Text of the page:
If Westminster is facing a COVID-19 bred financial crisis, City Councilors said they’re not sure that allowing cannabis sales is the right answer.
Westminster staff brought proposals to the council’s Aug. 17 study session that would have asked voters if Westminster should allow retail cannabis sales — complete with a ballot question and polling data. That could give the city additional revenue to help alleviate the financial hit that could expand to $32 million, due to COVID-19 and local business closures.
But councilors said the city would have to find some other way, noting that the proposal seemed rushed.
“I remember when we were looking at allowing chickens and bees, that took ages for our city to have the capacity to look at best practices in other communities and come up with a proposal,” Councilor Anita Seitz said.
Larry Dorr, Westminster’s Chief Financial Officer, said he expects to give the city an updated review of Westminster’s financial situation at the Aug. 24 meeting. Back in April, Dorr estimated that reduced sales tax and other revenues during the COVID-19 closings could amount to a $30 million reduction to Westminster’s General Fund. Westminster does have $32 million in reserves it can tap into, plus another $25 million in a fund future capital projects that can be postponed.
“It’s a range of estimated based on multiple variables going into potential forecasts that are changing all the time,” Dorr said.
Westminster staff researched two potential issues for November’s ballot, increasing the city’s sales taxes and allowing cannabis sales and then taxing them. The city brought in firm New Bridge Strategy to poll likely Westminster voters to see how the popular the new revenues would be.
Lori Weigel, principal for the research firm, said they contacted 400 likely-Westminster voters between Aug. 6 and 12 by telephone, both mobile phones and landlines.
The poll found those voters narrowly supported and increased sales tax, but not by enough to overcome undecided voters and potential shifts in opinions.
“This is not at the level where we would say ‘Great, go for it, guys. People are ready for a sales tax increase,’“ Weigel said.
Voters were much more supportive of a tax on cannabis — 57 percent said they supported that, compared to 24 percent who were opposed an 19 percent who were unsure — even though less than a third knew that cannabis sales are not allowed in Westminster. When informed that sales are not currently allowed, 61 percent said they’d support changing that to allow cannabis sales.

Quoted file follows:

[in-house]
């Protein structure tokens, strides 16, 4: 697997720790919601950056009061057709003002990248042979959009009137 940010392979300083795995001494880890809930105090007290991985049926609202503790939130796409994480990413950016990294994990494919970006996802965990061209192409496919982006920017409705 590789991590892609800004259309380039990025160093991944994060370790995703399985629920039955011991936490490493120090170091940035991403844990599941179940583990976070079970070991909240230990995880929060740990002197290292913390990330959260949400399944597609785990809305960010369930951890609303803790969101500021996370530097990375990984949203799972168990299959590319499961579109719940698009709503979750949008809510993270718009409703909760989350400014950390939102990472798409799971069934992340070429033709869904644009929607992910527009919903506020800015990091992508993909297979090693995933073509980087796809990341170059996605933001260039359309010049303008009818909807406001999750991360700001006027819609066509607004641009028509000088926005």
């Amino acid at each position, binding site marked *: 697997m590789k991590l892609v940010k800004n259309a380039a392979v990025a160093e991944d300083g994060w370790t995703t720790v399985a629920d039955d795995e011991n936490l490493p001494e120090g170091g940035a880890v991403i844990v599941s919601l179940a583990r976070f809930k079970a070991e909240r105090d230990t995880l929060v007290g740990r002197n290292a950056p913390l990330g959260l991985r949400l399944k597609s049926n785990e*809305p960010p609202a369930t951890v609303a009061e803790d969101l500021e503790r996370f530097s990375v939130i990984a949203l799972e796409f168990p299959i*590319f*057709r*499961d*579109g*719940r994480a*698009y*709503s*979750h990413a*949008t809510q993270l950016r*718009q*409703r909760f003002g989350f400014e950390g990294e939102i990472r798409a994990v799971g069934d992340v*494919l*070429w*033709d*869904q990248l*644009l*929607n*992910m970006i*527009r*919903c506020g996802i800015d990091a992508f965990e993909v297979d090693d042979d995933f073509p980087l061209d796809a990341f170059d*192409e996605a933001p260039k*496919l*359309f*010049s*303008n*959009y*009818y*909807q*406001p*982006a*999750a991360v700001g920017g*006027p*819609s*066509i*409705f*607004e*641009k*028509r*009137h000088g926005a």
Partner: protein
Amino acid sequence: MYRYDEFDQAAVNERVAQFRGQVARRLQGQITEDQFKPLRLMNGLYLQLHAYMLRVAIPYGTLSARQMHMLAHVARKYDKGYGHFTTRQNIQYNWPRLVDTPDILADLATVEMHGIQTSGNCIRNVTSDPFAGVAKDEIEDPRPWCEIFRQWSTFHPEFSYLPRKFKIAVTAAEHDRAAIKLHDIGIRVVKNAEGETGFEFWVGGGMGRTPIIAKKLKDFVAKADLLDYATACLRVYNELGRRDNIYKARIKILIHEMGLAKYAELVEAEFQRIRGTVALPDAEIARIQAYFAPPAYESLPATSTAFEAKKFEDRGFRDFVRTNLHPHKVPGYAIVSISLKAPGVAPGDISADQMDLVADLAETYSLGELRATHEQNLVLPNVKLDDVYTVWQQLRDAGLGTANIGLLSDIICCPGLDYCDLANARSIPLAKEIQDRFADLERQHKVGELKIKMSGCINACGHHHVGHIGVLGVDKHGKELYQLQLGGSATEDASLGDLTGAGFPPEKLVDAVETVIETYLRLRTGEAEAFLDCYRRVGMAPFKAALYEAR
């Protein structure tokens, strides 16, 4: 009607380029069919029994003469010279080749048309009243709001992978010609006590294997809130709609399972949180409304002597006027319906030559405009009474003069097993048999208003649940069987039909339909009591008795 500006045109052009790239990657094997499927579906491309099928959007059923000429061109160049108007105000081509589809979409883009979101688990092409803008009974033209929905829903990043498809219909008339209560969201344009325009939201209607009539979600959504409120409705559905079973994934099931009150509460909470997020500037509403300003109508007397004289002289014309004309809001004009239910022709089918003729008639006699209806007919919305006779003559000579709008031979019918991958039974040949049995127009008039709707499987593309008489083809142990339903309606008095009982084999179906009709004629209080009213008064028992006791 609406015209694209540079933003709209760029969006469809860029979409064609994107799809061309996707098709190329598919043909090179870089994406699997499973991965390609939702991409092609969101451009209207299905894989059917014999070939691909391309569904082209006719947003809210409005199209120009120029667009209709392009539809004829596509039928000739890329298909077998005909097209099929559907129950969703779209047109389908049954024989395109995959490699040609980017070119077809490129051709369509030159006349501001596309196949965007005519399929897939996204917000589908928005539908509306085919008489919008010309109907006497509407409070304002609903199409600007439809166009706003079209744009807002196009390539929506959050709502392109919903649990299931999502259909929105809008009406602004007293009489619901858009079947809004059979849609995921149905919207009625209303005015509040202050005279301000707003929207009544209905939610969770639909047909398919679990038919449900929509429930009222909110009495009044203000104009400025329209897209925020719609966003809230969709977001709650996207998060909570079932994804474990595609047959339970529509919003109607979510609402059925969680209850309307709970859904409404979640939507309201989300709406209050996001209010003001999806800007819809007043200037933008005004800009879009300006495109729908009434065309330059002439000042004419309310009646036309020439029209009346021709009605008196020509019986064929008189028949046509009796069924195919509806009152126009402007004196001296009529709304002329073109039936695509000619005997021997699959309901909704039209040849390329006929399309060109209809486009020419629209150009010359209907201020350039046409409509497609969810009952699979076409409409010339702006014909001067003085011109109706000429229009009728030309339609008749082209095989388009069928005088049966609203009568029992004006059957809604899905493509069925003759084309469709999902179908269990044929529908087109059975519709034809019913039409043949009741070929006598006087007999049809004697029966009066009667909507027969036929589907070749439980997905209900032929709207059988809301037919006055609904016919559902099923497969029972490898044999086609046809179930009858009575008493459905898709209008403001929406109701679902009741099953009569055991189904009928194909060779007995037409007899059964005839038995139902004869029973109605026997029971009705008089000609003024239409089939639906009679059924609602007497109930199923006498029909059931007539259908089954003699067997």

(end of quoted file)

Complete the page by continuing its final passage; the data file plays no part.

“We know that voters are somewhat confused about whether or not marijuana is sold in the city,” Weigel said. “That said, there is a fairly solid majority that supports sales.”
Dorr said councilors needed to decide if they wanted to pursue a ballot question before the Aug. 24 deadline.
“I realize that this is a very tight timeline and is not ideal,” Dorr said. “In fact, it creates a very difficult situation and difficult choices for sure. On one hand, we want to better understand the financial gap we are facing and lost revenue. On the other hand, there is this short window of time where we can let the Westminster voters have a say in how this loss might be mitigated.”
Councilors at the meeting were uniformly against making the change now.
“I think we have a lot more work to do internally before we put one of these ballot questions out,” Councilor David DeMott said.
Councilor Lindsey Smith noted that staff had argued against asking Westminster voters if they’d support creating City Council wards or voting districts, saying it would be an unnecessary expense during COVID.
“If we can get the wards and districts on the ballot, I am more than happy to say yes to this,” Smith said. “It does not make sense to one and not the other. So, this is great information but it’s something I’d be willing to put on the ballot in 2021.”
Councilor Seitz had questions about regulating cannabis sales and how the city would decide where the shops would be allowed. City Attorney Dave Frankel said those could be settled after voters approved if voters approved the sales, but she said she’d like answer them first.
“It’s not really the ballot measure for me but the expense of doing it well and researching how we would divvy up our community to make it fair to all the areas,” she said. “If you are going to make a massive change to our charter, we want to do it well and hire the appropriate people and experts to do it.”